10 Ways to Fail As a Teacher

10_Ways_to_FailAt the end of each learning year I try to self-evaluate. As my children’s teacher, are there areas which could use some improvement? How can I help my children better understand what I’m trying to share with them? Is there anything I’m doing which is preventing my children from drawing closer to the Lord?

Perhaps my evaluation ought to begin with ways in which I could be failing. Hey, you have to start somewhere!

  1. Force Curriculum – While I’m all for exposing our children to various pursuits, and require our children learn all core subjects, there is a significant difference between mandatory subjects and forcing curriculum. Algebra is non-negotiable in our house, but I’m all for trying various companies and methods to find which works best for each child.
  2. Do Everything in a Book – Nothing frustrates a child more than having their nose stuck in a textbook all day. I need to make sure I’m offering a good balance of book work, hands-on projects, and active outside opportunities.
  3. Make Them Do Everything – I know there are a lot of awesome activities in that language arts book. It can be very tempting to make my kiddos do every-single-one. However, that might not be the best way to encourage a love of learning. I need to pick my battles and be willing to let a few stray addition problems go. On occasion. Maybe.
  4. Don’t Listen to Them – Am I talking over my kids? Constantly? Do I allow them to (respectfully) share their thoughts and opinions? Perhaps if I listened more, and truly heard them, we might get a little further.
  5. Confuse Them – Am I being too vague in my teaching? Am I explaining things fully or in a manner which they can understand? Am I teaching to them or at them? If I am teaching for the sake of teaching, with them taking nothing away, what is the point?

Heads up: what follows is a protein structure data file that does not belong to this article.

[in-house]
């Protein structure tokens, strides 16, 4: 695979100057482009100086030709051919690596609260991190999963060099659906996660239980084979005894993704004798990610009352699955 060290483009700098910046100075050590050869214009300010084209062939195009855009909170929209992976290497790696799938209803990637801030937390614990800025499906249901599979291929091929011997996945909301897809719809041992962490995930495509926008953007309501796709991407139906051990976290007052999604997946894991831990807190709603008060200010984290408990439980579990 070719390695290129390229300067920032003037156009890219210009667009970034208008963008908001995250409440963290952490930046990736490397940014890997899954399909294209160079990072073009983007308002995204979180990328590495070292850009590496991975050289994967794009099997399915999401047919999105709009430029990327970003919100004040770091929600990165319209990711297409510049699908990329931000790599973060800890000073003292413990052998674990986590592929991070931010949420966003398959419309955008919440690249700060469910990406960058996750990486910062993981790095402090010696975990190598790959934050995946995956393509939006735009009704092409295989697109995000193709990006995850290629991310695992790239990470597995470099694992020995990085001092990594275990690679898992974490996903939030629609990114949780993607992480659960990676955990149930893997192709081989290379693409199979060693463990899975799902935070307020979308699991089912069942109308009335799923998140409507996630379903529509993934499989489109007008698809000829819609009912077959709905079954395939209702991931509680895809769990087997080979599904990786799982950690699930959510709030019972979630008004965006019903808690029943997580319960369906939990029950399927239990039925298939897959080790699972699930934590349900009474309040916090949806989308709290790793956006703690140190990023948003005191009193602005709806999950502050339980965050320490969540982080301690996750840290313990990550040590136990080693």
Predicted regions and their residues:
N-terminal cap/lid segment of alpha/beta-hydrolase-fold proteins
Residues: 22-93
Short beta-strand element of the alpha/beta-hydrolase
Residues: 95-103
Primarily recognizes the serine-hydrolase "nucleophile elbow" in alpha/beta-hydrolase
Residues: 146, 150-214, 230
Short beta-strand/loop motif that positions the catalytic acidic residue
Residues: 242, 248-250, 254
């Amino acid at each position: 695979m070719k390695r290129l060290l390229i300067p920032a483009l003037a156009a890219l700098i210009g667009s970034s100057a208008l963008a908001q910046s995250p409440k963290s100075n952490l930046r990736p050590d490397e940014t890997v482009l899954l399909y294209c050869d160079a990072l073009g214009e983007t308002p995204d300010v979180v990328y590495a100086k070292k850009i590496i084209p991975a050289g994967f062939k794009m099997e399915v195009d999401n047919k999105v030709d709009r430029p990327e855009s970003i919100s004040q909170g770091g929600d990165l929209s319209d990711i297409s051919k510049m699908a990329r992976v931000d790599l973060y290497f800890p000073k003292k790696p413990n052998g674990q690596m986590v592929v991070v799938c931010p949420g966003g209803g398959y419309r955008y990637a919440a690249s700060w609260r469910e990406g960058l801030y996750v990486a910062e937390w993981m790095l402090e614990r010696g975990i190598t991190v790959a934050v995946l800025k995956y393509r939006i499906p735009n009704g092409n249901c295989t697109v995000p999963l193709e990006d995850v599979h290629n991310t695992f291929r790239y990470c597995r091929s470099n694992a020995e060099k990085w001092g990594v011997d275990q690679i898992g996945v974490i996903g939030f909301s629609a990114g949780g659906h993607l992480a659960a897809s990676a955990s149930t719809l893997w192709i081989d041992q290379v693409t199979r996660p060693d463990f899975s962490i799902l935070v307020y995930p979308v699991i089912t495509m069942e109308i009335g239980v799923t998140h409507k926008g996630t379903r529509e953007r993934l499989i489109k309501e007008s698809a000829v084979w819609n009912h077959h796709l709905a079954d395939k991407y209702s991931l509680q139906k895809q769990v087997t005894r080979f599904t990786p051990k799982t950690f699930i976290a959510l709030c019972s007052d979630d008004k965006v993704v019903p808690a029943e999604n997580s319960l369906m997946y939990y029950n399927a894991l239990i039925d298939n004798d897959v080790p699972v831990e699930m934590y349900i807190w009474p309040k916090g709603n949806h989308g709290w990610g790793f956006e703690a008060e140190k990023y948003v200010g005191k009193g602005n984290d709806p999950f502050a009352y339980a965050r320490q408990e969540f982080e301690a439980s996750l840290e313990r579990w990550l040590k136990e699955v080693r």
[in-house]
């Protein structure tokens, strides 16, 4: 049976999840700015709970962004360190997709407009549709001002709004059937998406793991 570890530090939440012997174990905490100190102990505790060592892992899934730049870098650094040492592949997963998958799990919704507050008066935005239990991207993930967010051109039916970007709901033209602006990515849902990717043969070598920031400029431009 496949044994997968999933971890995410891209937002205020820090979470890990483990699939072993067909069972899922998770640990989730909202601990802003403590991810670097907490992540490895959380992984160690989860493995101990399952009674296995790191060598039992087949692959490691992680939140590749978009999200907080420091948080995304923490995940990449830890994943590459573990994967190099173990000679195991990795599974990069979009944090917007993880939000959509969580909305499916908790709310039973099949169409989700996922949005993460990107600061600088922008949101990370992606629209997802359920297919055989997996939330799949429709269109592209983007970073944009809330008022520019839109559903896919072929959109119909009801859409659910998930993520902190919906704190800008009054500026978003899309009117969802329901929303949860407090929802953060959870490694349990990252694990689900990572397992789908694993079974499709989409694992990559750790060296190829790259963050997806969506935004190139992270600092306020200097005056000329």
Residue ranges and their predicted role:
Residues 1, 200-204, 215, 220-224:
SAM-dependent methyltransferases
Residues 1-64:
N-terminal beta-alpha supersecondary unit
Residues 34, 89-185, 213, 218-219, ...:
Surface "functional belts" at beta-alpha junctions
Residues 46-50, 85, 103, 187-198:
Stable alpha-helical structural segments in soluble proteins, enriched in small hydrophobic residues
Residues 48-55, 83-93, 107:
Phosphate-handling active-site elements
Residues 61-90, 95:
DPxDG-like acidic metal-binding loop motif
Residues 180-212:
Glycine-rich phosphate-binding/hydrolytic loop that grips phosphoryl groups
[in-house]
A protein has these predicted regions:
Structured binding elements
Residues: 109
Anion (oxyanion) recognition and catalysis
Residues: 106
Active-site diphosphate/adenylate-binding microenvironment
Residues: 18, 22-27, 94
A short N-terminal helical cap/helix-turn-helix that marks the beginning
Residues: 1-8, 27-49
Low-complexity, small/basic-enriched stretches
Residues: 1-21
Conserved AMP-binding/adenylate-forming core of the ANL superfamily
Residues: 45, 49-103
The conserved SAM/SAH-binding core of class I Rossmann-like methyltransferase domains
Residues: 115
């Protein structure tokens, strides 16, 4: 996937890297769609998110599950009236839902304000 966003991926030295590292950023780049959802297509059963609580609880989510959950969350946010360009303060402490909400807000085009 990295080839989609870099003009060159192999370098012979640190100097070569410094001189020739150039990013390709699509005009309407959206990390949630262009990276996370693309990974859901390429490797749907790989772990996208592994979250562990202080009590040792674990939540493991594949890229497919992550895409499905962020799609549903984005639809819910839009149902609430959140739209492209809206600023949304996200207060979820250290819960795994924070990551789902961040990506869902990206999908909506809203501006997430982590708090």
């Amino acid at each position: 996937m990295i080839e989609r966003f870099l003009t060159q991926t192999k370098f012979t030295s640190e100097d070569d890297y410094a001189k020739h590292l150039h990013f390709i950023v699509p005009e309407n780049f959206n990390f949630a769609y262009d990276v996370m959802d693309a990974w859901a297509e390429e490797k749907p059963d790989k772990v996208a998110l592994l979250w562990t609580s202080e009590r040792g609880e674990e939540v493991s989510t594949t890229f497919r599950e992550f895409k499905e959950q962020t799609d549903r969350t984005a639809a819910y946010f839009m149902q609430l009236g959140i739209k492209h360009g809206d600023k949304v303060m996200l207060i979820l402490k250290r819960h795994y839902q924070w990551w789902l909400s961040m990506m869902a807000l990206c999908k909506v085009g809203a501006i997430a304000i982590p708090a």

6. Be Demanding – Do this! Do that! Come here! Sit down! Be quiet! (See the problem here?) None of this is being said with love, kindness, grace, or understanding. I need  to make sure I am tempering my responses, requests, and commands with affection. It helps; it really does!
  7. Offer No Free Time – I need to be careful how much time we are spending with organized activity. Too little can be an issue, but so can too much! Want to drive your kids crazy? Take away all free time.
  8. Refuse Questions – I know it’s frustrating being interrupted when you are in the middle of a thought. But, what if the interruption leads to wonderful things?! What if you need to be interrupted because your child just isn’t getting it?
  9. Lecture Often – This topic always conjures up images of Mr. Ben Stein. Me standing at the front of the ‘room’, book in hand, chalkboard behind; I’m droning on and on regarding a topic my kids have lost all interest in, thanks to my monologue. While I’m all for a pointed lesson on a given topic, I need to evaluate whether I’m being helpful or just speaking to hear my own voice. (Ouch!)
  10. Forget Character Training – Here’s a biggie!! While I don’t find public school teachers responsible for character training (they aren’t the parents after all), I cannot get by with this excuse. I AM the parent! It’s my job to train my child in the way he should go. Shoving through a stack of textbooks and paperwork does my child little good if I am not teaching them how to be righteous in the process.

I’d like to offer up a sigh of relief (and a quick chuckle); I’m not completely failing as a teacher. However, I can also see areas in which I might need to relax. I tend to want my children to finish every single problem, in every single book.